June 9, 2020 Norah Jones – Pick Me Up Off the Floor (Album Review)
When we last heard from the inimitable Norah Jones in April 2019, she was flexing her wings and having a good time with Begin Again. But these days she’s back to her roots, offering up those sultry smooth vocals as she crafts inspired melodies on the ivories. You can call it piano-based Jazz and that is exactly what we get with Pick Me Up Off the Floor, which arrives Friday, June 12, 2020, thanks to Blue Note Records.
Nine-time Grammy Award winner Norah Jones has music in her blood. A singer, songwriter, and multi-instrumentalist with well in excess of 50 million records sold worldwide, she can do no wrong. Emerging onto the world stage in 2002 with her astounding debut, Come Away With Me, she has forged a critically acclaimed and commercially successful career with albums such as 2004’s Feels Like Home and 2016’s Day Breaks. Refusing to sit idle or to squander her creative fire, she has also recorded with her groups The Little Willies and Puss N Boots, as well as taking time to collaborate with a slew of other exceptional artists.
A prolific musician with an incomparable oeuvre of material, Jones is set to return with the 11-track Pick Me Up Off the Floor. The self-produced collection—with the exception of “I’m Alive” and “Heaven Above,” which were produced by Jeff Tweedy—was mixed in part by Matt Marinelli, as well as Jamie Landry with assistance from Joey Wunsch and John Muller. The LP was mastered by Greg Calbi with Steve Fallone, and features a cavalcade of exceptional musicians. This includes bassists Christopher Thomas, John Patitucci, Jesse Murphy, and Josh Lattanzi, drummers Brian Blade, Nate Smith, Dan Rieser, and Josh Adams, keyboardist Pete Remm, pedal steel guitarist Dan Iead, violinist Mazz Swift, violist Ayane Kozasa, cellist Paul Wiancko, percussionist Mauro Refosco, background vocalists Ruby Amanfu and Sam Ashworth, and the horn section of trumpeter Dave Guy and tenor saxophonist Leon Michels.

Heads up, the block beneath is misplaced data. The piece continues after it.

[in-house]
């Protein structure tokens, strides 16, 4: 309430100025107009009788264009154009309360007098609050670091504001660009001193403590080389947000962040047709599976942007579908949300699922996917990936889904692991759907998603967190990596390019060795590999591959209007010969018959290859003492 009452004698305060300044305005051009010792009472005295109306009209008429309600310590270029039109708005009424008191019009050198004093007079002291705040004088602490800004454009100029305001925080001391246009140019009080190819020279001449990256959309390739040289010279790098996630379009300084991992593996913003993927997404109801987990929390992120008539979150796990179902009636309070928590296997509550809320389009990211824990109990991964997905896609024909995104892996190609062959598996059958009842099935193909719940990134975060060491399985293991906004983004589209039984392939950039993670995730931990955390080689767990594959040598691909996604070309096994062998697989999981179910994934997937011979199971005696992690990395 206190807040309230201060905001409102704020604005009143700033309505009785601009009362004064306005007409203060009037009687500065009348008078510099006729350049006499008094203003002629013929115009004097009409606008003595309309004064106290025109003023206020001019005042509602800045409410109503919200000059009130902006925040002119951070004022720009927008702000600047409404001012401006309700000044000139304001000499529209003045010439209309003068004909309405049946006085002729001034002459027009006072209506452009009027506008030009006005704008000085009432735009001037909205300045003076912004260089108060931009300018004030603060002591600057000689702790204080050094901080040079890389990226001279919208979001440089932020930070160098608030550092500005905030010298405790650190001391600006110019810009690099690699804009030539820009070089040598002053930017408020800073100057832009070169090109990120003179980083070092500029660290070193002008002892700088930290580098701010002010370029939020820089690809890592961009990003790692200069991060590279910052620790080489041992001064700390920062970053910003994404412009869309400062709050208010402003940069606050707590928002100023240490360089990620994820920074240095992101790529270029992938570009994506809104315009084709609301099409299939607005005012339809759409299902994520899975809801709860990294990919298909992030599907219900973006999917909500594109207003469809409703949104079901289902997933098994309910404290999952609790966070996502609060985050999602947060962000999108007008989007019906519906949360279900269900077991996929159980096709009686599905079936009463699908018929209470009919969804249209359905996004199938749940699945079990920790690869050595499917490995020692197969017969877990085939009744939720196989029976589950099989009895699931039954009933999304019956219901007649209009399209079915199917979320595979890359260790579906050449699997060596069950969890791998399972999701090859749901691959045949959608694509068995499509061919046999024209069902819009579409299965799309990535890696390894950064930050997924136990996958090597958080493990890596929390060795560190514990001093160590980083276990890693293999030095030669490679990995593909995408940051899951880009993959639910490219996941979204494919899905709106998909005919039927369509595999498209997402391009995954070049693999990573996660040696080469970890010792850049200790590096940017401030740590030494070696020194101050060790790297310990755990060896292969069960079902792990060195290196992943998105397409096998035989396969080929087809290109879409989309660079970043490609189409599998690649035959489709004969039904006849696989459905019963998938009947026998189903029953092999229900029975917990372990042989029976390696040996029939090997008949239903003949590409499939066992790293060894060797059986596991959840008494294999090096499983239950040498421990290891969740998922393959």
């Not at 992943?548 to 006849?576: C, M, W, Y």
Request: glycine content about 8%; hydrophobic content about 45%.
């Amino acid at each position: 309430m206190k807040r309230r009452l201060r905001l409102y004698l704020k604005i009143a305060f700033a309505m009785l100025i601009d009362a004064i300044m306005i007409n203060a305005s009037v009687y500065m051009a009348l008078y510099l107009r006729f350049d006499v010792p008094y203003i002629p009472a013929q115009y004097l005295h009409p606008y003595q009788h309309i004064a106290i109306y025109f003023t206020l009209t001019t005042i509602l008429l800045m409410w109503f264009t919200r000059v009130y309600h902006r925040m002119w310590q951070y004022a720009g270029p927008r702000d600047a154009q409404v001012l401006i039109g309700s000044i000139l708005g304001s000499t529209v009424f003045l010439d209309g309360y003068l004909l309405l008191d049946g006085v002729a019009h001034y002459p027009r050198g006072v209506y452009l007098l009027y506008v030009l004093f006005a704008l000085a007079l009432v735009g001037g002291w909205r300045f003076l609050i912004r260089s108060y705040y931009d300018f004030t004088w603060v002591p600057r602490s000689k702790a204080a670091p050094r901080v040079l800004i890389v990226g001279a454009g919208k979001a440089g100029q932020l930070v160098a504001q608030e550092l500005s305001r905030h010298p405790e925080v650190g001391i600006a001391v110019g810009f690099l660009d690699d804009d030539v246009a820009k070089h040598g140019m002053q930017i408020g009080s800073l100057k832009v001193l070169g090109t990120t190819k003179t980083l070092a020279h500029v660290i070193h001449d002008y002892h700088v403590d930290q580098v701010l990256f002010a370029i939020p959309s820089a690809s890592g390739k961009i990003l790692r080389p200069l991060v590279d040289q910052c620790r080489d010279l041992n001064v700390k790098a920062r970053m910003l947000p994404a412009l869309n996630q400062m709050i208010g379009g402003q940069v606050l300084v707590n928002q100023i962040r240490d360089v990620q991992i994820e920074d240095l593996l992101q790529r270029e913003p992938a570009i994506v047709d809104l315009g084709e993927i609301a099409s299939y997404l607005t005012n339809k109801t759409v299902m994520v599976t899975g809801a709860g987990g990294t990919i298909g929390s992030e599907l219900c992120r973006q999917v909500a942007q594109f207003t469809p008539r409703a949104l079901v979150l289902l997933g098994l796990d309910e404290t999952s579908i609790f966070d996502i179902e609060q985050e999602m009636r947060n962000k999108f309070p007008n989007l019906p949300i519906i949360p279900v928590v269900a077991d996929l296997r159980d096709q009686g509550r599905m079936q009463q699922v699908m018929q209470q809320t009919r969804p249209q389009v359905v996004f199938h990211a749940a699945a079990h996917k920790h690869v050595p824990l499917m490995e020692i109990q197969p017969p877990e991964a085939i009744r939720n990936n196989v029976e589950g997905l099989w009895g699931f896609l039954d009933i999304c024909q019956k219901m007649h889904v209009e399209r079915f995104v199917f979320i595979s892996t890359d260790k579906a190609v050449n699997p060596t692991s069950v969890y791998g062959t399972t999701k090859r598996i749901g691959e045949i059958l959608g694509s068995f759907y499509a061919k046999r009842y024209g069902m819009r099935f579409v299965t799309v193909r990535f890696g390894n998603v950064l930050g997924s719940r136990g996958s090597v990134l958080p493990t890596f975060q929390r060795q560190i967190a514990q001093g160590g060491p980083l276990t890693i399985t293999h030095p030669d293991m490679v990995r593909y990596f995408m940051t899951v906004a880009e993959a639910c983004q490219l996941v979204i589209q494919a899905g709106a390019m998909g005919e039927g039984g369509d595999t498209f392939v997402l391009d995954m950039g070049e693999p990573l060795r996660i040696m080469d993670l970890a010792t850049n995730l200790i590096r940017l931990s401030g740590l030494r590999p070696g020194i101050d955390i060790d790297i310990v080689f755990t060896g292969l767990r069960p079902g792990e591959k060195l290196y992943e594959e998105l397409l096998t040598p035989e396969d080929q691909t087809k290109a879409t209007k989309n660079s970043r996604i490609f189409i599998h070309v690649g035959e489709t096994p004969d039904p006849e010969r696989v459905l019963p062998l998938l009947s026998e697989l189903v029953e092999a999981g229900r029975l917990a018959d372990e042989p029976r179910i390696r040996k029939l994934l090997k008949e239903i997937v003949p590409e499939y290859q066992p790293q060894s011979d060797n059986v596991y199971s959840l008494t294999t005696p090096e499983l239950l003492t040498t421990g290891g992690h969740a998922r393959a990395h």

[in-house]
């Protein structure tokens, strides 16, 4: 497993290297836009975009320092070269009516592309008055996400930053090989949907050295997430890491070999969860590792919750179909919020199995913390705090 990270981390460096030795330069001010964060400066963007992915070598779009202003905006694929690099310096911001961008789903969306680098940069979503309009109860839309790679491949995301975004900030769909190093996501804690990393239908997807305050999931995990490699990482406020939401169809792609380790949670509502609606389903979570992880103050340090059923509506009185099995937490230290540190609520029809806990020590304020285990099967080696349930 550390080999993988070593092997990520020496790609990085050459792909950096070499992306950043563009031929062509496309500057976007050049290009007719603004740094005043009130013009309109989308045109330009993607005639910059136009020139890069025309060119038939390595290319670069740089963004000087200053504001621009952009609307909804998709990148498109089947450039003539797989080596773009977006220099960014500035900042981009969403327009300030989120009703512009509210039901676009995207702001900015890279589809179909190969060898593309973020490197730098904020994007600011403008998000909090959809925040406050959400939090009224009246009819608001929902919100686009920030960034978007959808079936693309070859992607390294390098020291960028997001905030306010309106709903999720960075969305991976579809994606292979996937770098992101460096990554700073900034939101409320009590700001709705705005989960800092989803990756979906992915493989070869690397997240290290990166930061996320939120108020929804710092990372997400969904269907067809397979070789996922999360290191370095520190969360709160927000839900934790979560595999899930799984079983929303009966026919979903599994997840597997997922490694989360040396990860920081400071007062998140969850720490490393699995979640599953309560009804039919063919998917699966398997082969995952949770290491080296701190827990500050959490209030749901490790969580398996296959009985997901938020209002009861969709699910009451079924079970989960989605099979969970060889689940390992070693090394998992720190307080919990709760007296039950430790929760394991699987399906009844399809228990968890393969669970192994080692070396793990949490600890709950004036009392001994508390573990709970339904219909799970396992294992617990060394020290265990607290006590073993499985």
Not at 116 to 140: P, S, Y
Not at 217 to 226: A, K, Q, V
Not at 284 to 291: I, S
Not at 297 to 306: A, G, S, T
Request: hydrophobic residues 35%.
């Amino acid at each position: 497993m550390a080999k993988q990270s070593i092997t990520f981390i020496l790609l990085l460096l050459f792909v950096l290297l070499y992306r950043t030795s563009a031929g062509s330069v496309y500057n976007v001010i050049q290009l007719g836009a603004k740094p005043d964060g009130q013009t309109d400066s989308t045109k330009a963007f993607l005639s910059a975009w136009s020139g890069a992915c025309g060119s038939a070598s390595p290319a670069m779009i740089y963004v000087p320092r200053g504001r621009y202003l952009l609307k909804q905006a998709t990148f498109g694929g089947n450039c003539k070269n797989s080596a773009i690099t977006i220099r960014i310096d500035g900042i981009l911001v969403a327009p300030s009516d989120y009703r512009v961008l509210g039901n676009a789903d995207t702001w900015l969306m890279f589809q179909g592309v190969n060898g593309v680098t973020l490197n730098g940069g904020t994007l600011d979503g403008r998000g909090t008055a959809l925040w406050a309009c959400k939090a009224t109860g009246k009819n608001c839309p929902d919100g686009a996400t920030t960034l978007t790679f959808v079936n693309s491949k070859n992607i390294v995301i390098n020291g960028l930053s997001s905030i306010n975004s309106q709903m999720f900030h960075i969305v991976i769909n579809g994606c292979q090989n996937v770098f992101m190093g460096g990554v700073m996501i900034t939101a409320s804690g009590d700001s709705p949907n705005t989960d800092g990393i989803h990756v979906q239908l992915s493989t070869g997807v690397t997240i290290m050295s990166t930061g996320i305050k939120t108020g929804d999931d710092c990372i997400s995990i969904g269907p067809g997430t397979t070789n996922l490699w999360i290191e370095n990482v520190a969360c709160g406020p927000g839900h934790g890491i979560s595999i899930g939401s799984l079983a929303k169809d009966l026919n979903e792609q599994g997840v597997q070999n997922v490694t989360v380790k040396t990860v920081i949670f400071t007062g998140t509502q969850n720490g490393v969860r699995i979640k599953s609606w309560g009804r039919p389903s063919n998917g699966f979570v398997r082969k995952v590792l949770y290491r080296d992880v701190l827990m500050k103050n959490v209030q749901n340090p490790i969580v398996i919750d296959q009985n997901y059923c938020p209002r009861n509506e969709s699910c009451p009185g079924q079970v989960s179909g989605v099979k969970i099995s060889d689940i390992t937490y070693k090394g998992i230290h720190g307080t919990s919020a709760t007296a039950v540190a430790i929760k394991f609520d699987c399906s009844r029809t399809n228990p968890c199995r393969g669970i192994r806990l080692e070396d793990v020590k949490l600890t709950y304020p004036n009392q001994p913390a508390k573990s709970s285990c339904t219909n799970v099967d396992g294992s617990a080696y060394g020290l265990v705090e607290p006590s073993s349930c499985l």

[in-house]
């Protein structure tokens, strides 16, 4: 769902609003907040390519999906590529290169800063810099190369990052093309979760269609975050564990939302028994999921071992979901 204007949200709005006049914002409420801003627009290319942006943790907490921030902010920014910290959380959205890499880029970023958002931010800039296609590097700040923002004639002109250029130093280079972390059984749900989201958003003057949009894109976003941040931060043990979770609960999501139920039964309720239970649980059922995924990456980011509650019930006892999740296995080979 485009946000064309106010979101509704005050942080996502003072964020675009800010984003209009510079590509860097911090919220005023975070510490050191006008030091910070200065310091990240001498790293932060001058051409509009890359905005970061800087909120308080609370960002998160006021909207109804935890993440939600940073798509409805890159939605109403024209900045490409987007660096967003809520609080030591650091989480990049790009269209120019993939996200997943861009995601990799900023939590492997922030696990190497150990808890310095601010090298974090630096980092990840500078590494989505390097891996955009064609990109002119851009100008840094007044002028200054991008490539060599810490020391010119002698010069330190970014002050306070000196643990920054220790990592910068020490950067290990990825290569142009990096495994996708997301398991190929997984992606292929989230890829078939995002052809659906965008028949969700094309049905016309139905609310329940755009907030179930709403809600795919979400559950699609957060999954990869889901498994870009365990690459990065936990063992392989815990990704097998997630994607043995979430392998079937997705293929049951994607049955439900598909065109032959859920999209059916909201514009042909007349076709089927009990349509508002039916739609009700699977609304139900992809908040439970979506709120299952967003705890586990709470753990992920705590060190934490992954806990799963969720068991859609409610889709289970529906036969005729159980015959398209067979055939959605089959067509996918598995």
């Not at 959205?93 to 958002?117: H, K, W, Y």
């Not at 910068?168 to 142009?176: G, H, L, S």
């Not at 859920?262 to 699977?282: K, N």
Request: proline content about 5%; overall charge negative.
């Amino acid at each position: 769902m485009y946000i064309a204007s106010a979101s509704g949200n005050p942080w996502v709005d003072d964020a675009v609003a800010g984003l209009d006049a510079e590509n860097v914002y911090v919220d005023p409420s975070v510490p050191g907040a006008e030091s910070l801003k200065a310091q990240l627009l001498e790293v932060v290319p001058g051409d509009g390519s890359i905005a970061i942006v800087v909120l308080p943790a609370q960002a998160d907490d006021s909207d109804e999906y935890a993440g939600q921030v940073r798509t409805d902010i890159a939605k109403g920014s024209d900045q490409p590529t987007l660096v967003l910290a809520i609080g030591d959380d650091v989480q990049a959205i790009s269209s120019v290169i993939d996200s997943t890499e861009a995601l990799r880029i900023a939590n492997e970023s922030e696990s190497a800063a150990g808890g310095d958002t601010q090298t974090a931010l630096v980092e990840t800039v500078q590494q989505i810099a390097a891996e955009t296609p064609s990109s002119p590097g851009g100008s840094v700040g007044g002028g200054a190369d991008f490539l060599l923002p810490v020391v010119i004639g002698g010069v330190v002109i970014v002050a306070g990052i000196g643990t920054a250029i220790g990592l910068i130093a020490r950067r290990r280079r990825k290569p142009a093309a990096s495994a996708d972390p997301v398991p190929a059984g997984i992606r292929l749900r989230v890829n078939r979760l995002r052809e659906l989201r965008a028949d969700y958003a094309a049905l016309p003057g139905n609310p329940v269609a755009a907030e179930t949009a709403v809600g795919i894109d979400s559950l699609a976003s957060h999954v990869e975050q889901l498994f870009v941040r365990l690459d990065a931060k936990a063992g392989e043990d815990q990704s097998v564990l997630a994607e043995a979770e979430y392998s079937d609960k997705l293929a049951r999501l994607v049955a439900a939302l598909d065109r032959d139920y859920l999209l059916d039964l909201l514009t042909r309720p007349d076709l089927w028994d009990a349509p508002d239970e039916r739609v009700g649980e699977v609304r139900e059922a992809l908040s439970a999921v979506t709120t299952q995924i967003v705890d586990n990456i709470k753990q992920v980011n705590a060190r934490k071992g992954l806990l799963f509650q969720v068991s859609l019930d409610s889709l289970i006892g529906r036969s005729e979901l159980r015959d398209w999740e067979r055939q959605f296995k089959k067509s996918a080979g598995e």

Pick Me Up Off the Floor opens to the dulcet tones of “How I Weep.” A minimalist composition, as is Jones’ signature style, the track utilizes an emotional cello to accentuate the siren’s flawless vocals before beginning a delicate prance capped off with subtle orchestration. An entrancing experience, it paves the way for “Flame Twin,” as the pace ‘escalates’ to something smoky and jazzy. A sultry undulation, it allows for a stellar piano performance before she establishes a glittering trot in “Hurts To Be Alone,” a straightforward shot of truth.
These lonesome wanderings continue to meander, winding into “Heartbroken, Day After,” which opens to beautifully nuanced piano and bass. Anchoring a passionately lofty vocal delivery, this presentation demands your attention and praise for Miss Jones’ immaculate abilities. Spicing things up, she offers additional bold brass on “Say No More,” capped it off with a cherry in the form of its inspired piano solo and gentle jam session
As is often the case in Jones’ minimalist compositions, piano and bass set the backdrop for some reflections on “This Life” before Guy’s trumpet returns to the mix and echoes her on “To Live.” Percussion then ushers us into “I’m Alive,” where guitar weaves throughout the body of the track. Here, as she details the life of a songstress who sings, dances, drinks, and hopes to hear voices echoing her own, it’s possible to hear the smile on Jones’ lips.
Next up, a smoky sway sits at the heart of the emboldened “Were You Watching?” as the album begins to slowly wind its way to a close. And with the end approaching, Jones’ characteristic languid pacing and wispy vocals encompass “Stumble On My Way” then continue into the delicate “Heaven Above.” In this, the entire collection wraps up with the cascading notes of her piano expertise shimmering across their entire soul.
Serving up a cool sip of refreshment on a scorching summer afternoon, Norah Jones has anticipated exactly what our world needs. And her cross-genre blend of all things chill sees an artist who is at all times alluring and smooth in her understated sonic sorcery. On Pick Me Up Off the Floor, she captains a journey that is both personal and societal, one that connects with her listeners in its intimate moods born of loss and reflection. Intended to guide each of us toward our own light, it is both burdened by weighty emotions and a haunting darkness, but ultimately brimming with hope and love. In this, Pick Me Up Off the Floor is what the world needs now: a musical tonic. Thus, Cryptic Rock gives the album 5 of 5 stars.